The Lafite III is an absolute stonker of a laptop, all things considered. There is still room for improvement here, granted, but when it comes to value for money and the sheer amount of connectivity options it packs, this notebook is the one to beat.
Plethora of ports
Good value for money
Plenty of configuration options
Finish should be better
Poor warranty options
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We came across this laptop’s predecessor, the Lafite II, at the beginning of 2016, and it was an encounter that left us pleasantly surprised by the potential of the PC Specialist brand.
The company has since rejigged its portfolio (eliminating the mobile workstation range for example) but is still heavily reliant on Clevo as an ODM. So much so that PC Specialist doesn’t even hide this fact; the Lafite III is known as the Style Note N131BU. (You can find the PDF service manual here).
PC Specialist took a winning combination and tweaked it with an enclosure which the company says is stronger and a fraction thinner than the one used by the Lafite II. We couldn’t substantiate the former claim, though. The Lafite III uses aluminium but instead of embracing the unibody design of, say, the Chuwi LapBook 12.3, PC Specialist opted for one that isn’t as elegant, especially when it comes to the finish, which is simply not clean enough.
The matte grey colour scheme also makes this notebook look rather cheap compared to a traditional brushed aluminium finish. You won’t find any logo on the Lafite III, which saves a few pounds and keeps the design as minimalist as possible.
With a footprint slightly larger than an A4 sheet (330 x 225 x 17.8mm) and a weight of 1.3kg, the Lafite III is bigger and heavier than what you’d expect from a 13.3-inch laptop like the Dell XPS 13 or the HP Spectre.
One design aspect that left us baffled was the size of the bezels, hitting a jaw-dropping 35mm at their thickest. This would have made sense if the Lafite III sported a touchscreen display – but it doesn’t.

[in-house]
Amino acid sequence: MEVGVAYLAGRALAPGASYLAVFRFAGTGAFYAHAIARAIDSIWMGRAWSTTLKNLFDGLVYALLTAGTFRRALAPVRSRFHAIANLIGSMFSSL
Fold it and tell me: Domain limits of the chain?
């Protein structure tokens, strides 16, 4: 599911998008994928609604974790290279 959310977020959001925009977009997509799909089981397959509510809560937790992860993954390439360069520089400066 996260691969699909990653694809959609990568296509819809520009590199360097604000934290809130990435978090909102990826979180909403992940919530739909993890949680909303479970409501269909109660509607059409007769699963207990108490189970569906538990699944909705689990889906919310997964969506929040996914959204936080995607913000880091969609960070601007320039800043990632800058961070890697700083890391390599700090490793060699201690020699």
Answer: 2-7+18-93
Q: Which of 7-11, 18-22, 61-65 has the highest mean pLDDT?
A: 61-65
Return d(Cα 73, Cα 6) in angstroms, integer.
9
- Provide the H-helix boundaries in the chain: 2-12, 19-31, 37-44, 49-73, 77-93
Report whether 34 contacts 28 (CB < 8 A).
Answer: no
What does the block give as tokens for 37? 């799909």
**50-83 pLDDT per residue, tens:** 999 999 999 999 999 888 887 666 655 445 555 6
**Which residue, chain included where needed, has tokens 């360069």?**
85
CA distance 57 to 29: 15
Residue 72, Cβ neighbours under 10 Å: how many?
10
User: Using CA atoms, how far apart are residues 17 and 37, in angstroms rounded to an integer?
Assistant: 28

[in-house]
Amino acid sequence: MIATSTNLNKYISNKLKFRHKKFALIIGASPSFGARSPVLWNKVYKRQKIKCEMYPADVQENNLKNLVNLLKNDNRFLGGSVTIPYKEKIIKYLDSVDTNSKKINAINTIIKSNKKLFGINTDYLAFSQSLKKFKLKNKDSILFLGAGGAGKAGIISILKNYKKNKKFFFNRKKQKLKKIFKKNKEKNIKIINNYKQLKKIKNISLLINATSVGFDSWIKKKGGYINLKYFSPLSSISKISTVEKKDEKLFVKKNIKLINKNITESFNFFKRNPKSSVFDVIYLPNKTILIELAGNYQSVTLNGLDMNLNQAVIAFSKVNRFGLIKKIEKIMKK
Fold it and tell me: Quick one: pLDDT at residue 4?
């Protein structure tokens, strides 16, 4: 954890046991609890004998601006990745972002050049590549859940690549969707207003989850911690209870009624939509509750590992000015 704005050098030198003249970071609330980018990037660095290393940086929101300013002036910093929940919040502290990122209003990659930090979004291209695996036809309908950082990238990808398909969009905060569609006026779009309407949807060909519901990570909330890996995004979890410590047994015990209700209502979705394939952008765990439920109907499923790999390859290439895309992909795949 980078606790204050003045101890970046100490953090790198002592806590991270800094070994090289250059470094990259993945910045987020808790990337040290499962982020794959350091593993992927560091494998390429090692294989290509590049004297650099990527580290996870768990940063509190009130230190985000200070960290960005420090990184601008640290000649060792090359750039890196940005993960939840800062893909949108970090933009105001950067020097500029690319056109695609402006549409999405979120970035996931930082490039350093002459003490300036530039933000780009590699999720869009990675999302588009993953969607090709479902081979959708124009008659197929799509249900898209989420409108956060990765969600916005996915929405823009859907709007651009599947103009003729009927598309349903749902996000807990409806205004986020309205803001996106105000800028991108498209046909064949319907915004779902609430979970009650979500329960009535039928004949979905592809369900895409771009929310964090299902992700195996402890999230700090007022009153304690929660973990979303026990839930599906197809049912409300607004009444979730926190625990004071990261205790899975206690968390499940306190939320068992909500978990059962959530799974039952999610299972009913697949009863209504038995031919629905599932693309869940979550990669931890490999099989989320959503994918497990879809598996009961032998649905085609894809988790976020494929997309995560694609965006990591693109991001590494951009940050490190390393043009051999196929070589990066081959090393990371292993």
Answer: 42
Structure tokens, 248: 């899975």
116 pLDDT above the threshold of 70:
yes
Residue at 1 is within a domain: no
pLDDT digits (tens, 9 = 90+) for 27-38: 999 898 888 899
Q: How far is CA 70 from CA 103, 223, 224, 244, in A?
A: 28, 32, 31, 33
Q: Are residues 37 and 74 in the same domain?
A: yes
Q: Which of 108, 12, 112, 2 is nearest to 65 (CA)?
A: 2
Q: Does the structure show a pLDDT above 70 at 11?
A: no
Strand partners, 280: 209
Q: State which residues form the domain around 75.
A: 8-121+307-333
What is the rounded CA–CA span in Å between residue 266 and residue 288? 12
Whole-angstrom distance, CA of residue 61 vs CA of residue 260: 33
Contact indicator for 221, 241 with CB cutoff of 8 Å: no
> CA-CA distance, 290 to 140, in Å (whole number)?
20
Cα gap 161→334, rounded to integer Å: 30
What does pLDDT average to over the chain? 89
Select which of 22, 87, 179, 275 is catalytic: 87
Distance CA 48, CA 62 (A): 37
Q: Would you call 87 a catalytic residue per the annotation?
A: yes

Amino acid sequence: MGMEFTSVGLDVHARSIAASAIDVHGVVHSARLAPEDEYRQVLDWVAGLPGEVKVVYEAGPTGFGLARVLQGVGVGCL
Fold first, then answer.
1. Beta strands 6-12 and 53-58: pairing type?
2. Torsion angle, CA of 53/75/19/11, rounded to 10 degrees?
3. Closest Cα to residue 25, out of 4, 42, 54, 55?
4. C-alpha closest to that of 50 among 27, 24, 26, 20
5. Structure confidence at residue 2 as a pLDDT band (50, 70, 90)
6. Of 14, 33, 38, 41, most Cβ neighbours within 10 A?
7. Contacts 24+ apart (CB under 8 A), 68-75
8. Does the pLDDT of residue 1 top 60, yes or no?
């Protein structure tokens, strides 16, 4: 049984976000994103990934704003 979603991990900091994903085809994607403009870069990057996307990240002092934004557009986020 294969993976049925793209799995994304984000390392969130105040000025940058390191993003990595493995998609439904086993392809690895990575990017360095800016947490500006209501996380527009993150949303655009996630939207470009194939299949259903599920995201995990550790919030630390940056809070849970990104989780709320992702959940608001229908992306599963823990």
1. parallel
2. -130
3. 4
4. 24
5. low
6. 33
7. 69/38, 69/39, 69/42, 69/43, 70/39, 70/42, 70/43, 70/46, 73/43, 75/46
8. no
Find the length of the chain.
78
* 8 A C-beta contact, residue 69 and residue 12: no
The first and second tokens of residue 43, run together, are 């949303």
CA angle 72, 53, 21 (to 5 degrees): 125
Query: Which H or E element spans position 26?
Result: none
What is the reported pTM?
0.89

Indeed, we suspect that the large bezels are just an artefact, a remnant of a decision where flexibility and upgradability forced designers to come up with a larger case rather than a tightly integrated one that cannot be upgraded. Note that there are also four status lights located on the front edge of the laptop.
Here is the PC Specialist Lafite III configuration sent to TechRadar Pro for review:
CPU: 2.7GHz Intel Core i7-7500U (dual-core, 4MB cache, up to 3.5GHz)
Graphics: Intel HD Graphics 620
RAM: Single Corsair 16GB DDR4 (2,133MHz)
Screen: 13.3-inch Full HD IPS display
Storage: 256GB WD Black M.2 NVMe SSD, Seagate BarraCuda 1TB hard disk (5,400rpm, 128MB cache)
Ports: 1 x USB 3.0, 1 x USB 3.0 w/PowerShare, 1 x USB-C (Thunderbolt 3), SD card reader, headset jack, speaker jack, mini-DisplayPort, HDMI, Gigabit Ethernet
Connectivity: Intel AC-8265 802.11ac Wi-Fi; Bluetooth 4.0
Camera: 1MP HD webcam
Size: 330 x 225 x 17.8mm (W x D x H)
Warranty: 1-month collect and return, 1-year parts, 3-year labour
The Lafite III comes in three flavours: Master, Elite and Pro. The model sent to us for review was the top-of-the-range notebook which carries a price tag of £938 ($1,240) including delivery.
A fully jacked-up model can take a Core i7-7500U CPU, a whopping 32GB RAM (ours came with one single 16GB memory module), two hard drives (2.5-inch and/or an M.2 SSD, both of which are optional), 802.11ac Wi-Fi and Bluetooth 4.0.
One aspect where the Lafite III outflanks the competition is when it comes to input/output ports. Other than the power port, there’s a USB Type-C, a pair of full size USB 3.0 ports, a pair of audio inputs, mini-DisplayPort, an HDMI port, an SD card reader and a Gigabit Ethernet port.
Uniquely amongst the laptops that we’ve reviewed, this one comes with a SIM slot. However, this isn’t mentioned in the specification sheet, mainly because it is in fact a dummy slot rather than a fully functional one with a 3G/4G modem attached to it.
The notebook runs Windows 10 Home (optional) and is powered by a 36Whr battery, which is charged by a small 40W brick charger. Also worth noting is the presence of a TPM 2.0 module and a 90-day trial of BullGuard Internet Security.
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Désiré has been musing and writing about technology during a career spanning four decades. He dabbled in website builders and web hosting when DHTML and frames were in vogue and started narrating about the impact of technology on society just before the start of the Y2K hysteria at the turn of the last millennium.